Gaspar Noé, 2002
So this is a movie in which at the beginning we see a brutal assault in
which a guy gets his arm broken and then we go back in time and he's in
bed with his girlfriend and they wake up and he says, "I don't have any
feeling in my arm." O BITTER IRONY
Irreversible is famous for its nine-minute unbroken rape-and-mutilation
scene, which I skipped over because, as the title suggests, there are things
you can't unsee and I felt like I already had a pretty good bead on the movie
by that point. But how did this empty shockfest land the top spot in the
Skandies? I looked at some reviews and they seemed to fall into two camps.
One consisted of the people who say that it makes some kind of point about
control vs. chaos and in the process sound like Terry Eagleton's parody of
Saussurean structuralists. And the other consisted of those who said that,
yes, while the content may be banal, you have to admire the movie's audacity!
We're talking strobe lights, infrasound, a camera that lurches around like
it's mounted inside a piñata in its death throes — wow!
You may not be edified... you may feel like the filmmaker is smashing your
face in with a fire extinguisher... but you won't be bored!
The way these reviews so frequently cited the non-boring-ness of the film
made me wonder: could the fact that Irreversible did so well in this
poll be largely a function of the fact that those polled see something like
300 movies a year and are consequently more receptive to any sort of novelty
than a typical viewer? Because if so, I hear there's
a new product out that achieves much
the same effect as this film, and doesn't take 90 minutes to work.
Capturing the Friedmans
Andrew Jarecki, 2003
Somehow I managed to read multiple reviews of this one around the time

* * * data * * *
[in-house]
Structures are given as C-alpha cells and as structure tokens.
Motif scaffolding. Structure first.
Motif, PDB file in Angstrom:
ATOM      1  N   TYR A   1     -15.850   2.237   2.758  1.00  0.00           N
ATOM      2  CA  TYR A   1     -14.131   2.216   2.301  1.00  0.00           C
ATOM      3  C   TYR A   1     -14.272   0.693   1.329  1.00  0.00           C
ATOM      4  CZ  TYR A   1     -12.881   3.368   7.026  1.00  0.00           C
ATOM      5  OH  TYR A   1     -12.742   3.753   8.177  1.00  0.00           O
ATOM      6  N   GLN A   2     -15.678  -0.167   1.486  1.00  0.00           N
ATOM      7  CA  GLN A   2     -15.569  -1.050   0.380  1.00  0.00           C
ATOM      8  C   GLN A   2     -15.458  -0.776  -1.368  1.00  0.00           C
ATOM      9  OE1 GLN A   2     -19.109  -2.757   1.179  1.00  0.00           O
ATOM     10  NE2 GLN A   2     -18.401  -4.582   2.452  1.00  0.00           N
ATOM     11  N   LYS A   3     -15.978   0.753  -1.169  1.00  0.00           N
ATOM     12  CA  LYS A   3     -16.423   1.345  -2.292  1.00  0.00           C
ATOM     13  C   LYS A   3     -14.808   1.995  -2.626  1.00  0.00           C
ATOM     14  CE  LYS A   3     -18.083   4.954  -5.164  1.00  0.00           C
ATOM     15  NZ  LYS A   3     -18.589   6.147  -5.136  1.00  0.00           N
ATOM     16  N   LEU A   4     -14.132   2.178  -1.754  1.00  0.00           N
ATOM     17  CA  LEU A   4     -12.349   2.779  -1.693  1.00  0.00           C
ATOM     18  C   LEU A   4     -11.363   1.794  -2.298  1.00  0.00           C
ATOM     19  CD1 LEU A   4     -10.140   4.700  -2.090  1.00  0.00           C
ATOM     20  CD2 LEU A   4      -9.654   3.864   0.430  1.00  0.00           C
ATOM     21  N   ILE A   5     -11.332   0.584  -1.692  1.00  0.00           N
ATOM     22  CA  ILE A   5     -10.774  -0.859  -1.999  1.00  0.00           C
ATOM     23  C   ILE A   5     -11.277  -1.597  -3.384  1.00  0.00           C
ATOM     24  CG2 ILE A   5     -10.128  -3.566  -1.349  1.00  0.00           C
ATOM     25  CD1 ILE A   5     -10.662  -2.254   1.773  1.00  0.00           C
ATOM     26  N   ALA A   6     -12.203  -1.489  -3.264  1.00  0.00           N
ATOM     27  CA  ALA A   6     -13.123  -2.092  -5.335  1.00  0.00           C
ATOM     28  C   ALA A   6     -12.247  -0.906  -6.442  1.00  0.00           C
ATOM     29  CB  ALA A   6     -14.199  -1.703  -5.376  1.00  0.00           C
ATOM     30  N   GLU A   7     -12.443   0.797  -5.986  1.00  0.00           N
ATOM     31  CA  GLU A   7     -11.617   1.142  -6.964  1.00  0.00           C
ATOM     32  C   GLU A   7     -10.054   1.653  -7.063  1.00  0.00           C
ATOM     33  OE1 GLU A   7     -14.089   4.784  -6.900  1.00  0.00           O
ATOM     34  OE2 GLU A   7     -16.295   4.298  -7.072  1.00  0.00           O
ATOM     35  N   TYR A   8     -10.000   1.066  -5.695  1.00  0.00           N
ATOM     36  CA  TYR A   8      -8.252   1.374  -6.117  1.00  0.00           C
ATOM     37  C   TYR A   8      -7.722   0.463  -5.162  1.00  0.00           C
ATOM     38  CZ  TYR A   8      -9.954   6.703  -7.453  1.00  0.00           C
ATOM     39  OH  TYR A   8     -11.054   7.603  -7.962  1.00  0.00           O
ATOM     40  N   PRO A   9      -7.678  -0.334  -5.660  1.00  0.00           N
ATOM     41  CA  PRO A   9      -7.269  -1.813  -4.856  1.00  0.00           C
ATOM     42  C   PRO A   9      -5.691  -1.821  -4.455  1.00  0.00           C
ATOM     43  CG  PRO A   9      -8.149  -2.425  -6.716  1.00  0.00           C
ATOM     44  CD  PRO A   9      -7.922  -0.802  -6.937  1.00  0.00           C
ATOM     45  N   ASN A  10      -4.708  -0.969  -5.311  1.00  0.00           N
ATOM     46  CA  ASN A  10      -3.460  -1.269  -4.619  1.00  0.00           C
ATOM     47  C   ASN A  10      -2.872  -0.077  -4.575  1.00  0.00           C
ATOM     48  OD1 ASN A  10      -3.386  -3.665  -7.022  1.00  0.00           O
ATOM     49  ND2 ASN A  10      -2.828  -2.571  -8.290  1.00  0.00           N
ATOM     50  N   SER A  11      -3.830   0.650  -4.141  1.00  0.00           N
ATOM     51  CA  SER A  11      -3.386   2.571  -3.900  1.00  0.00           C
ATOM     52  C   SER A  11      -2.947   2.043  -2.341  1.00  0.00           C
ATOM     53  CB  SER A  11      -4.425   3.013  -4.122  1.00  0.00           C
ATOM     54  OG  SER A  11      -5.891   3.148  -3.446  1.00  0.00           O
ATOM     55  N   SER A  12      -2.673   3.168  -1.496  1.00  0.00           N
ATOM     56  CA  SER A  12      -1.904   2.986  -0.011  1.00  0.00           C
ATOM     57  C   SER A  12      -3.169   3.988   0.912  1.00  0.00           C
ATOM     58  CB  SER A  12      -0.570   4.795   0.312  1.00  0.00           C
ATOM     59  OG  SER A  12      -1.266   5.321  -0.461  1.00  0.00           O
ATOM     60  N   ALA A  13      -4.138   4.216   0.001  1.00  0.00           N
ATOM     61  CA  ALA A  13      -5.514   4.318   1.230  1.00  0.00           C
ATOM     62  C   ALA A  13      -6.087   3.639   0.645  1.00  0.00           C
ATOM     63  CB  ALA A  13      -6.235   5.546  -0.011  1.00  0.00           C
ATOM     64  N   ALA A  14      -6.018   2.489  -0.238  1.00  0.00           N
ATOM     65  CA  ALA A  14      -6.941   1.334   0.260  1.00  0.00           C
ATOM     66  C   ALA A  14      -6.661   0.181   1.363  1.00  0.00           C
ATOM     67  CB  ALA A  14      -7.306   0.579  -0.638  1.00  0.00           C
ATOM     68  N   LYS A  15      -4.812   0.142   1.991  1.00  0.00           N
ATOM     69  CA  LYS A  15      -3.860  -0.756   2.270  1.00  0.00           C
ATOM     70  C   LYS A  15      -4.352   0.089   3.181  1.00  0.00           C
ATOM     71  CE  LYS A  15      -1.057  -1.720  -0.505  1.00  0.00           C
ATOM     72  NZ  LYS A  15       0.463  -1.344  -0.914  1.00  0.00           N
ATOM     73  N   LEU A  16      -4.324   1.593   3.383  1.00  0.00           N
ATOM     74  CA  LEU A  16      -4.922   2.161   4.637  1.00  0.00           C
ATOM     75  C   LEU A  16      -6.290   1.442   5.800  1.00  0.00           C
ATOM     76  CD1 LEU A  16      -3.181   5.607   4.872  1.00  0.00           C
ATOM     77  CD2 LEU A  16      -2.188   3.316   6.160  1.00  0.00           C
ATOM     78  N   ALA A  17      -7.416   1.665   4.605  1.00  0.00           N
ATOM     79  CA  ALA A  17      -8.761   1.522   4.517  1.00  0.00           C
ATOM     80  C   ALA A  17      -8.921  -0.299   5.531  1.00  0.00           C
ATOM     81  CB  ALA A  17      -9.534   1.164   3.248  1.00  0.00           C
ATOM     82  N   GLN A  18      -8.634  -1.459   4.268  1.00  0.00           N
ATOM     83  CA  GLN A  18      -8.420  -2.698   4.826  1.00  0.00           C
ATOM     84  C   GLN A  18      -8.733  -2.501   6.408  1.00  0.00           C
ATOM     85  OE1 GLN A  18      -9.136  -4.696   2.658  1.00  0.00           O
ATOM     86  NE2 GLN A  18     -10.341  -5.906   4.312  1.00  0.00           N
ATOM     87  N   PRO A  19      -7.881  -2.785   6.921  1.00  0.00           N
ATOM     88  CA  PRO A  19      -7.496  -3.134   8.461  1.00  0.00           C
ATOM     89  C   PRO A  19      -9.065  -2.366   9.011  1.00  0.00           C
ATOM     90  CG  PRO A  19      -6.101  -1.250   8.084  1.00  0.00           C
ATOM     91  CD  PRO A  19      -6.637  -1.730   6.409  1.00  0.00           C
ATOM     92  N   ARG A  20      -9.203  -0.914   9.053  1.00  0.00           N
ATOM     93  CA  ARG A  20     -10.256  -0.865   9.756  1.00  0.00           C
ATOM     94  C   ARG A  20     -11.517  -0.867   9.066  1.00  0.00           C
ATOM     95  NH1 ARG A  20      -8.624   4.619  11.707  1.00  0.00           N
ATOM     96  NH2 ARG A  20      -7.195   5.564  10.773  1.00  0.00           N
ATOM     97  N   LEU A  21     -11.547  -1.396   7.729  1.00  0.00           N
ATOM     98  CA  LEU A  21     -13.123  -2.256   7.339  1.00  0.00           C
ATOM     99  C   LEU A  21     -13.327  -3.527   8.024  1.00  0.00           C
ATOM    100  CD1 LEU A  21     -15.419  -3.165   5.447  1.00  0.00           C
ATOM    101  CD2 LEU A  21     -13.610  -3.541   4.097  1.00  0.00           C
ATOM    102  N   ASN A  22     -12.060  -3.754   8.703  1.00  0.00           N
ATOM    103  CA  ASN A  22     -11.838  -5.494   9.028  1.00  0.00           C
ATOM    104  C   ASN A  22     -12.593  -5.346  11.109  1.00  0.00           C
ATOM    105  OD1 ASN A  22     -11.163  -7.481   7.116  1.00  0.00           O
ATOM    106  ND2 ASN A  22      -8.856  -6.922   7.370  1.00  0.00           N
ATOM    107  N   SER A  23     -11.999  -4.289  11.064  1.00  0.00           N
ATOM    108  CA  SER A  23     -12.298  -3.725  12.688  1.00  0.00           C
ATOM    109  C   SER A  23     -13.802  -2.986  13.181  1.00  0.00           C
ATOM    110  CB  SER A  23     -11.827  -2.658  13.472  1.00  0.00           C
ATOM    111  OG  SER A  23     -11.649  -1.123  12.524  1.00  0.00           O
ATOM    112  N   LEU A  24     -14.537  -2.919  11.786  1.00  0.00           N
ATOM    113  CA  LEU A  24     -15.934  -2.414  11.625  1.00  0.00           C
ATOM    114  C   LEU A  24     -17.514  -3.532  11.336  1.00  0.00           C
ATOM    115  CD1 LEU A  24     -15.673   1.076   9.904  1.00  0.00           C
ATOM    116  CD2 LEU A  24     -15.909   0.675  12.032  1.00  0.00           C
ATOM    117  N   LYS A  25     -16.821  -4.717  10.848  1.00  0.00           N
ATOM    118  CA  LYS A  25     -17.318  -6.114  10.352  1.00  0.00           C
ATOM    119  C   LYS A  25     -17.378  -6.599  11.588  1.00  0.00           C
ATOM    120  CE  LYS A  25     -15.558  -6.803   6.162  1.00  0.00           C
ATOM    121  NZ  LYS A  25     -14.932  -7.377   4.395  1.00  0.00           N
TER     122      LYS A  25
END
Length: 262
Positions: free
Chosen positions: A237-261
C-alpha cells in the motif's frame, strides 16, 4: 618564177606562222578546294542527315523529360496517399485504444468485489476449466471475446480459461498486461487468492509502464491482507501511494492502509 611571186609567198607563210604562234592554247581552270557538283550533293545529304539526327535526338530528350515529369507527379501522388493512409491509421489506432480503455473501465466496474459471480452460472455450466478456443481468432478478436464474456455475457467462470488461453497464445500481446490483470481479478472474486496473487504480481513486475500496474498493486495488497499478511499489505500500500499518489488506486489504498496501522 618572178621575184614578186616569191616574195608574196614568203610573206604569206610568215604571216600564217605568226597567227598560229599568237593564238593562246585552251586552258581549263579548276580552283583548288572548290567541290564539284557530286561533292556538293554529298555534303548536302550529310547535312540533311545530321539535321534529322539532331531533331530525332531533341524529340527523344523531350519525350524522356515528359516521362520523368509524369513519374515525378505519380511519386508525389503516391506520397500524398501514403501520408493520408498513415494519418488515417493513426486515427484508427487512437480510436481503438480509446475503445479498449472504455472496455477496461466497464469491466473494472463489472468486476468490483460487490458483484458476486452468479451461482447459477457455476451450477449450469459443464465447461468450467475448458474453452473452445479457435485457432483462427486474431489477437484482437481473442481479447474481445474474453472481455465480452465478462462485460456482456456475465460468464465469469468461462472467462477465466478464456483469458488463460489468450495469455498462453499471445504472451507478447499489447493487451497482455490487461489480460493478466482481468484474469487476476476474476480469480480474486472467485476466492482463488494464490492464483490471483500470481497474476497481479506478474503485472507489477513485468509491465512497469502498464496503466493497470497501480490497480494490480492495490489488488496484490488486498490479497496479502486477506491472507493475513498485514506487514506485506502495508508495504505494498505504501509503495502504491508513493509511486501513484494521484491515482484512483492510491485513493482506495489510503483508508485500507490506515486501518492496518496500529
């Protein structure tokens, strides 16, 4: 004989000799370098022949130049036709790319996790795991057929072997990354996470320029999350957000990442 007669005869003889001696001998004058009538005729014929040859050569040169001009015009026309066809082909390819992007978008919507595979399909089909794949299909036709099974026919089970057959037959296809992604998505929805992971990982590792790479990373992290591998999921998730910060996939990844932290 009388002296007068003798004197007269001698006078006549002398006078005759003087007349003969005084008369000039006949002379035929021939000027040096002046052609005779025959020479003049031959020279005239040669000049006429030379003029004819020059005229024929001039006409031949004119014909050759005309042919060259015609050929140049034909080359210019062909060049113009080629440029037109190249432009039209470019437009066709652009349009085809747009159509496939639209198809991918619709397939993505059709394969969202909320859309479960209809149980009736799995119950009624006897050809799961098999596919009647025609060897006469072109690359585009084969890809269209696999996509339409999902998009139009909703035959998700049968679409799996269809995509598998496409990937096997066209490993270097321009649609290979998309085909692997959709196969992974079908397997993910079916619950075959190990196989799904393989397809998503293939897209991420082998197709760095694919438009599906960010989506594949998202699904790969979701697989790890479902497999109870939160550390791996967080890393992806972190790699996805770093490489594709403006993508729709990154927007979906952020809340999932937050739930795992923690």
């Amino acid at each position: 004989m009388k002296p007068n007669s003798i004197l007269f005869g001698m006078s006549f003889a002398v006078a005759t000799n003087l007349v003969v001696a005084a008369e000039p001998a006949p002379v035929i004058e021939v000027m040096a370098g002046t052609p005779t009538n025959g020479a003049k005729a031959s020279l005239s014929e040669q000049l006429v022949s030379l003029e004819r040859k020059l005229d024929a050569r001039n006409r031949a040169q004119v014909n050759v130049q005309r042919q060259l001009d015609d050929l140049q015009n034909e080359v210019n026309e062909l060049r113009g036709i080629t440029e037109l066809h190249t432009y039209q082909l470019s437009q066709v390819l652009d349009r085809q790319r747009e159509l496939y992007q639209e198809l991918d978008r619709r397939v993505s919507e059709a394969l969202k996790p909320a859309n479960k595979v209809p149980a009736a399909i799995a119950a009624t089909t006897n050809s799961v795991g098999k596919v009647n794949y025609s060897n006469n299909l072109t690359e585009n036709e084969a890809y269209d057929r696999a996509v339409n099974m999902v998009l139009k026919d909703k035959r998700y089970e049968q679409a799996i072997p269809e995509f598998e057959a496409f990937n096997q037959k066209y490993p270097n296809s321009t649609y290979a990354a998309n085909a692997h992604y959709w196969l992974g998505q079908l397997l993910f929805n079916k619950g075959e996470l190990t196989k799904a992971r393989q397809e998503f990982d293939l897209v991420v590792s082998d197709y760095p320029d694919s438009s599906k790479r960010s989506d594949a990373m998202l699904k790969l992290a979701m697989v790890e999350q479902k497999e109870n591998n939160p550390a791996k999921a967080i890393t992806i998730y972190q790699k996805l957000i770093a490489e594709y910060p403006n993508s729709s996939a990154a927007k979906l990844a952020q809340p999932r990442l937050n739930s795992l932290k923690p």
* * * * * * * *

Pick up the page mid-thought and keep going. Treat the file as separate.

it came out without actually learning what it was about. The reviews I
read made it seem as though it was about a professional balloon-animal
maker who had spent his adolescence videotaping everything and thus was
offering a front-row seat to watch his family fall apart, which I took
to mean divorce. There was a lot of talk about public vs. private,
mediated experience, etc. So when I put this on, I was quite surprised
to learn that it's actually about something quite different.
So — and I actually don't say this ironically —
good job, reviewers!
And with that praise for spoiler-free reviews out of the way, here come
Capturing the Friedmans, like My Kid Could Paint That,
which I saw a while back with Elizabeth and then never bothered to write
up, so I guess I'll go ahead and tag that now —
— is an epistemology documentary: we're presented with a scandal
(fraud in the case of Paint, child molestation in Friedmans)
and are ultimately left with the frustration of knowing that, even though
someone onscreen knows the real truth of the case, there's no way we can
ever learn it because that person might be lying. I thought Paint
was pretty slender — yes, it raises the question of where the
value in abstract modern art lies, given that it doesn't require any real
technical skill and it can be hard to figure out why a critic says one
piece is good and another bad, but not in much more depth than I'm doing
in this sentence. There's a lot more going on in Friedmans: beyond
the "plot," so to speak — the twists and turns of the
case — it seems that every few minutes some new angle emerges
that leaves the audience with another question to consider. For instance,
there's a lot to suggest that the case against Arnold and Jesse Friedman
was just the Long Island equivalent of an African penis-thief
panic — and how do such panics get started? and what do they
say about how communities define themselves? — yet Arnold Friedman
was an admitted child molester, so does it really matter whether he was guilty
of the particular crimes he was convicted of? And what turns someone into
a child molester anyway?
Etc., etc. You can watch the movie and ponder the questions for yourself.
(Personally, I found myself once again astonished that I managed to make
it through childhood without being sexually abused... I'm starting to think
that this makes me a rare specimen indeed.) But what I want to know
is — why did so many reviews make it seem as though the movie
was about David Friedman? He supplied some tapes, but the tapes are only
a small part of the movie, and David isn't actually a hugely important
player in the story. Well, it turns out that David Friedman is "New York's
#1 birthday party entertainer." (According to what metric? Is U.S. News
and World Report branching out?) This makes him a celebrity to the
0.01% of Americans who might find themselves in the market for his services...
the same people who write magazine articles around this time of year about
how much you should tip your doorman for Christmas. And who make up a big
chunk of the culture media. Including movie reviewers.
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